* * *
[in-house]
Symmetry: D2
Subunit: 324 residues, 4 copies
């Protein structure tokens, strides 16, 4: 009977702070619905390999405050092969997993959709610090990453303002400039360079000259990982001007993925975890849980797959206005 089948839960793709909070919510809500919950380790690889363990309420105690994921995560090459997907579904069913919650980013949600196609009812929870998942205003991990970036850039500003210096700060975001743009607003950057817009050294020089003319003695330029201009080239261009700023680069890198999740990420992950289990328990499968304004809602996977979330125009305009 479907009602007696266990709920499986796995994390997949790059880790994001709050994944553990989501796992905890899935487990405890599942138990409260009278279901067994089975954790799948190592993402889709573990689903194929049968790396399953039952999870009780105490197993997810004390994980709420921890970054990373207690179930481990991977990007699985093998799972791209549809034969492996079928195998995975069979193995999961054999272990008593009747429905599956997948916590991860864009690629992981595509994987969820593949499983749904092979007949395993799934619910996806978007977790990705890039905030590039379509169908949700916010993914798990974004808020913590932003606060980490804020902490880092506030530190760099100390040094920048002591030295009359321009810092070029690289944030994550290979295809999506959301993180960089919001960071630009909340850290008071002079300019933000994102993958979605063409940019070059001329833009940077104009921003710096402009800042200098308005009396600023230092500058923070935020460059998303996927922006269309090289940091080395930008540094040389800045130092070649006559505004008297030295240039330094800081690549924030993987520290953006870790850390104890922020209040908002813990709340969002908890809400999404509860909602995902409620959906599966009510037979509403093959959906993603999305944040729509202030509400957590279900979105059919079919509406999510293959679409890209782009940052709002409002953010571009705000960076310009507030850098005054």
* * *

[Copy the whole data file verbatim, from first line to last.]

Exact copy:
[in-house]
Symmetry: D2
Subunit: 324 residues, 4 copies
């Protein structure tokens, strides 16, 4: 009977702070619905390999405050092969997993959709610090990453303002400039360079000259990982001007993925975890849980797959206005 089948839960793709909070919510809500919950380790690889363990309420105690994921995560090459997907579904069913919650980013949600196609009812929870998942205003991990970036850039500003210096700060975001743009607003950057817009050294020089003319003695330029201009080239261009700023680069890198999740990420992950289990328990499968304004809602996977979330125009305009 479907009602007696266990709920499986796995994390997949790059880790994001709050994944553990989501796992905890899935487990405890599942138990409260009278279901067994089975954790799948190592993402889709573990689903194929049968790396399953039952999870009780105490197993997810004390994980709420921890970054990373207690179930481990991977990007699985093998799972791209549809034969492996079928195998995975069979193995999961054999272990008593009747429905599956997948916590991860864009690629992981595509994987969820593949499983749904092979007949395993799934619910996806978007977790990705890039905030590039379509169908949700916010993914798990974004808020913590932003606060980490804020902490880092506030530190760099100390040094920048002591030295009359321009810092070029690289944030994550290979295809999506959301993180960089919001960071630009909340850290008071002079300019933000994102993958979605063409940019070059001329833009940077104009921003710096402009800042200098308005009396600023230092500058923070935020460059998303996927922006269309090289940091080395930008540094040389800045130092070649006559505004008297030295240039330094800081690549924030993987520290953006870790850390104890922020209040908002813990709340969002908890809400999404509860909602995902409620959906599966009510037979509403093959959906993603999305944040729509202030509400957590279900979105059919079919509406999510293959679409890209782009940052709002409002953010571009705000960076310009507030850098005054």